THE WOLFOWITZ ENDGAME. More indication that Paul Wolfowitz's goose is cooked at the World Bank; the board will hear Wolfowitz's testimony tomorrow and make a decision on Wednesday. Meanwhile, if you can get past the utterly glaring and completely unspoken flip-floppery it represents on his part, Sebastian Mallaby's punchy column on Wolfowitz and the bank is definitely worth a look. The former Wolfowitz defender finally calls for him to resign. But more importantly, he makes good points about the one supposed substantive claim advanced in defense of Wolfowitz's tenure: his zealous anti-corruption approach to development. The thing is, Wolfowitz was hardly a pioneer in addressing corruption issues as a major tenet of development; his outlook on it was simplistic, poorly worked out, and unsystematic; and he implemented anti-corruption policies in a spectacularly ineffective and counterproductive way. Read Mallaby on this -- he's much meaner than I am.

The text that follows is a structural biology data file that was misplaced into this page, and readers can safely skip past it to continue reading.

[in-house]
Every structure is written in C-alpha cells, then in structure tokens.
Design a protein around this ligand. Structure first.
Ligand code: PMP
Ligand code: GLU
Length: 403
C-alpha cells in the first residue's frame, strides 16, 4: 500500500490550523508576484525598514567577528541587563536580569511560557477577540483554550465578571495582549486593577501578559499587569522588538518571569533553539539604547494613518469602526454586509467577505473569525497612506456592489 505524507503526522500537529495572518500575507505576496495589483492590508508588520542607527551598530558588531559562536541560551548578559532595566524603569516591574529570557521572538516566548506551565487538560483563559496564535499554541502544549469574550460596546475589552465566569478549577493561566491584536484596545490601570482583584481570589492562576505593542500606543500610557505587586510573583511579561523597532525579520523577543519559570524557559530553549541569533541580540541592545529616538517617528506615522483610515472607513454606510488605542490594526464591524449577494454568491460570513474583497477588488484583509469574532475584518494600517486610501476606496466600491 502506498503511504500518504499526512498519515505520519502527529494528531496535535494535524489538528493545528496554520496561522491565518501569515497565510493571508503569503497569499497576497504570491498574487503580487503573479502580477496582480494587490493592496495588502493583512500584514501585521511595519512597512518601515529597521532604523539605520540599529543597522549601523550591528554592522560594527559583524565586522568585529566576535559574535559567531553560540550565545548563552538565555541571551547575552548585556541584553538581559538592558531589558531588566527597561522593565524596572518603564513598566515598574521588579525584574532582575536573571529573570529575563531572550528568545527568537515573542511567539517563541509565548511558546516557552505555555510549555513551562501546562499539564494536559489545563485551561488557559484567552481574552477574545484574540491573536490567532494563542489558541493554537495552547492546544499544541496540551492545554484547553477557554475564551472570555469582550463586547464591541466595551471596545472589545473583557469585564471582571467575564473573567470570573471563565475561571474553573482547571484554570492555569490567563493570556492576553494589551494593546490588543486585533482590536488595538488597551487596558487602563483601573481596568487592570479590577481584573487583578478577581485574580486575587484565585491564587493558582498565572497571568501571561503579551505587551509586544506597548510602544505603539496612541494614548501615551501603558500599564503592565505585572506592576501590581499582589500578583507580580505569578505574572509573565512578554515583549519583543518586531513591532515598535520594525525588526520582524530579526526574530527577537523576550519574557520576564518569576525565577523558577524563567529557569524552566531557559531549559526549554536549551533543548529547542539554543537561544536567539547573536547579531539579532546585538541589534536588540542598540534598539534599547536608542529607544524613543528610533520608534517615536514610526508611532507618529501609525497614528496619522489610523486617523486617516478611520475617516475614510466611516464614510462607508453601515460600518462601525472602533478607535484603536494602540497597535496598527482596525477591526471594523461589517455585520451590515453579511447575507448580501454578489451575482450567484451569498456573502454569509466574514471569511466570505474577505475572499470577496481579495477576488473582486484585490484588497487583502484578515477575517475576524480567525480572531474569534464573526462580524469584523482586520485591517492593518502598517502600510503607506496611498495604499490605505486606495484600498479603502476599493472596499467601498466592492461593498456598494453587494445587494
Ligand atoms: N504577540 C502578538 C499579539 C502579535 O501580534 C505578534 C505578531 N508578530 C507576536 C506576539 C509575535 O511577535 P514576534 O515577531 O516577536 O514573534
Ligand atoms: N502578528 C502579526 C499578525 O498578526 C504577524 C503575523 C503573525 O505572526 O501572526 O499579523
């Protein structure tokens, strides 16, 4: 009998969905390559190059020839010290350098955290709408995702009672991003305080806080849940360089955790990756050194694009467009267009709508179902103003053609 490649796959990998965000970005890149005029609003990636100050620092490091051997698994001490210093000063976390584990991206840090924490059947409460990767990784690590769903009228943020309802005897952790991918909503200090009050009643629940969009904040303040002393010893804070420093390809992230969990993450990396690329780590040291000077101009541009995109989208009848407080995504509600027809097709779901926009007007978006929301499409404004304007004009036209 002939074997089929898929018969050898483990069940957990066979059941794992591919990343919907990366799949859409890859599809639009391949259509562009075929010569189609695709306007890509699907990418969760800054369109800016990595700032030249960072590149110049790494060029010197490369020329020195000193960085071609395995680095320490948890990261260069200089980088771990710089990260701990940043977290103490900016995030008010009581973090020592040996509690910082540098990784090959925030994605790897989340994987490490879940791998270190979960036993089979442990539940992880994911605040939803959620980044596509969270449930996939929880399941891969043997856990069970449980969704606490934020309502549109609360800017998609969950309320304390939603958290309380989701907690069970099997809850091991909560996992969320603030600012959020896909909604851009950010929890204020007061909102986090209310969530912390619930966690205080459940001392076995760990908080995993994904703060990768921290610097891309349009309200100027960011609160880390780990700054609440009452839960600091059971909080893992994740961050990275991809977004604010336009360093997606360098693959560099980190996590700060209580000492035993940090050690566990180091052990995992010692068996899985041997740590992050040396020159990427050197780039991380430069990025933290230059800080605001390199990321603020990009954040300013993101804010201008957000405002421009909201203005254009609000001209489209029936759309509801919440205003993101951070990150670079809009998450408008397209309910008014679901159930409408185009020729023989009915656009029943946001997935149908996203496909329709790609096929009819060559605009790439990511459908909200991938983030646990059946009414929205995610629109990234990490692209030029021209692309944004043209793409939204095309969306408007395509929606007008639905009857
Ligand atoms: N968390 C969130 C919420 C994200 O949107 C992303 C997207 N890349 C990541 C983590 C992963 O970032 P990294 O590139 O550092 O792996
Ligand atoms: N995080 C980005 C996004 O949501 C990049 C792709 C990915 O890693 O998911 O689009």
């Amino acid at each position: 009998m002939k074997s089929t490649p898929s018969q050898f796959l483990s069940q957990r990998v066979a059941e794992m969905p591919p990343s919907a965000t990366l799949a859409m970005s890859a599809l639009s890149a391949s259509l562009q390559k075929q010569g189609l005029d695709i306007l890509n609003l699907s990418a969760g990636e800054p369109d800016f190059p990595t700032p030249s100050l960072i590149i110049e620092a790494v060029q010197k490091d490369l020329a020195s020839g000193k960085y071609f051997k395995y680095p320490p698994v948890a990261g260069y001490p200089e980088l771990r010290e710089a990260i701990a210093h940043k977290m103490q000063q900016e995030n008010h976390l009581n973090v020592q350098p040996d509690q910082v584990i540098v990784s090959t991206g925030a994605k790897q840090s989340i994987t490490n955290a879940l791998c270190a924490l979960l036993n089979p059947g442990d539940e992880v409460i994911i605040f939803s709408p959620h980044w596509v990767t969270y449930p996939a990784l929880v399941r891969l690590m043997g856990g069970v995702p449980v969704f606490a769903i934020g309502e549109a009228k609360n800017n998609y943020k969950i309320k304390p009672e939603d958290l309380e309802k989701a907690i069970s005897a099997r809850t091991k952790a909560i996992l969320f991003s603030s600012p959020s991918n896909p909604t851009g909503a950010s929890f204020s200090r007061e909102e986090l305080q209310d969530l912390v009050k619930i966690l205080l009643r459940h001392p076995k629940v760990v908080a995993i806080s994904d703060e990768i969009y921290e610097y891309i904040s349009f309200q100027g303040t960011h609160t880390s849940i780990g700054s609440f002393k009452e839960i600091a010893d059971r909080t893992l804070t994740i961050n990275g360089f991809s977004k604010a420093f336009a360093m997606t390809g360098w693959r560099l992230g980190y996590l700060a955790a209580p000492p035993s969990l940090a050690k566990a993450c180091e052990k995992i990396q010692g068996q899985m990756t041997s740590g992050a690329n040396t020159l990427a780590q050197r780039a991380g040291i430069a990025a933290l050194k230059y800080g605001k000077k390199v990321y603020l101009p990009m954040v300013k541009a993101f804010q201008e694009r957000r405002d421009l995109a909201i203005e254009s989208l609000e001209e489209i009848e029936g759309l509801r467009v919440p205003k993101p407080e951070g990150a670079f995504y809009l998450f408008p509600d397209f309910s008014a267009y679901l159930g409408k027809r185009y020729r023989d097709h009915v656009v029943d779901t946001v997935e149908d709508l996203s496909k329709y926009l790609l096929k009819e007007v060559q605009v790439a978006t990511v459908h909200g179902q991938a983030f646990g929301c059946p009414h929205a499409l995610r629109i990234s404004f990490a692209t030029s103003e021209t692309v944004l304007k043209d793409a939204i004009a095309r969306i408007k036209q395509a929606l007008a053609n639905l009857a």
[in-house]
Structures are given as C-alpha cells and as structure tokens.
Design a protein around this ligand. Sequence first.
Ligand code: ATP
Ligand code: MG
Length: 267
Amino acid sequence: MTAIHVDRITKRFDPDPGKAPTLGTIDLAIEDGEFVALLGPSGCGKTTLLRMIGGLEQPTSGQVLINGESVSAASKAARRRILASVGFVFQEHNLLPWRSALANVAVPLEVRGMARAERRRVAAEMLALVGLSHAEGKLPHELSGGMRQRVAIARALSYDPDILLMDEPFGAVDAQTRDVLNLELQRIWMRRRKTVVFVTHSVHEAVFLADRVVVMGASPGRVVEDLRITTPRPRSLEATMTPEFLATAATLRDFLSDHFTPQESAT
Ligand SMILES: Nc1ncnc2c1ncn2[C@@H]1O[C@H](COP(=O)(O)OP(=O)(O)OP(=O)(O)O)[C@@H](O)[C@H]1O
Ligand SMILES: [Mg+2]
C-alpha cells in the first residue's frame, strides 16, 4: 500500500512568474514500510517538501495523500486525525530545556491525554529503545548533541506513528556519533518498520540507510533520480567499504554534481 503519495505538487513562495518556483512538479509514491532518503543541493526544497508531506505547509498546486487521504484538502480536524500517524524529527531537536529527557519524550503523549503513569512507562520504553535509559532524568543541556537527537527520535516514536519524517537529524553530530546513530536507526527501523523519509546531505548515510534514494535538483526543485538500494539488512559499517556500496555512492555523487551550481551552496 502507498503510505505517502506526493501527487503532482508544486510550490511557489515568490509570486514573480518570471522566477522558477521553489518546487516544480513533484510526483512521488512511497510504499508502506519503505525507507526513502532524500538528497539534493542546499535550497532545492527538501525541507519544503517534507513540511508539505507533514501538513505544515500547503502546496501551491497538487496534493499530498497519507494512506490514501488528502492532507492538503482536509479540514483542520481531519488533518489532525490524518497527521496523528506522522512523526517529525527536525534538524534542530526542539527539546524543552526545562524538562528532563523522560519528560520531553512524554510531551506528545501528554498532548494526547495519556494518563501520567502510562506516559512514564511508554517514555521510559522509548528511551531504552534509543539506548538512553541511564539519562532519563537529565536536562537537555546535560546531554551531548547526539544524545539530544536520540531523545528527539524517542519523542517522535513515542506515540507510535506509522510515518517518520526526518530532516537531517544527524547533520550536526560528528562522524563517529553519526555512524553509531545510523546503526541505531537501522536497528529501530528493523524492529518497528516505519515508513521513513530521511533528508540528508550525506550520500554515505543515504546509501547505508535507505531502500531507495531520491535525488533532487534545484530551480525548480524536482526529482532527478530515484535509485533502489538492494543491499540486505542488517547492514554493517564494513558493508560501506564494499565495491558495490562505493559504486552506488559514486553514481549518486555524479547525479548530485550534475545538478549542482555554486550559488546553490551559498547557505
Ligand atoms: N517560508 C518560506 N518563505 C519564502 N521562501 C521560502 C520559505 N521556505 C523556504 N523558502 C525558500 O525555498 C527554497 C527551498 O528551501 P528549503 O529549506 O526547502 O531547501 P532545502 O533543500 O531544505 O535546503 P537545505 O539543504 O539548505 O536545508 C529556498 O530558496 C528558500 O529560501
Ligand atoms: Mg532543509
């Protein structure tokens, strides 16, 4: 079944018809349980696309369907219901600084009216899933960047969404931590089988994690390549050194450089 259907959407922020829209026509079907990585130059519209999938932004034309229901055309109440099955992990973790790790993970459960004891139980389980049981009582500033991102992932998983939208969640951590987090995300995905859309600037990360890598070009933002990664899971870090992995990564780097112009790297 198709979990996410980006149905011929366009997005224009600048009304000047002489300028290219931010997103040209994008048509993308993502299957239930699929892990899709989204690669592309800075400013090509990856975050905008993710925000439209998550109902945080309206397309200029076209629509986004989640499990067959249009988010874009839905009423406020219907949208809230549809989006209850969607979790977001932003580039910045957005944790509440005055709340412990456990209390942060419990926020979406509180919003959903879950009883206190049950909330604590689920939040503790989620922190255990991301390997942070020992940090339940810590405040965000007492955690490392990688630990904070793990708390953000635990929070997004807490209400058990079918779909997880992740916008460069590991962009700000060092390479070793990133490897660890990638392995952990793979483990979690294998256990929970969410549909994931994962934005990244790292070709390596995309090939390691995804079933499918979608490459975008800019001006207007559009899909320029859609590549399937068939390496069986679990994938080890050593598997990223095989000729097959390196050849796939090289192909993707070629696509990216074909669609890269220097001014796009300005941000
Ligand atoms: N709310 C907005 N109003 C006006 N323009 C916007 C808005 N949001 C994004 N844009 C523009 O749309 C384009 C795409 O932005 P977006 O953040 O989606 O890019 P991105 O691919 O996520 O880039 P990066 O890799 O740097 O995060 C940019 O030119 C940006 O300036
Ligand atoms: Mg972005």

--Sam Rosenfeld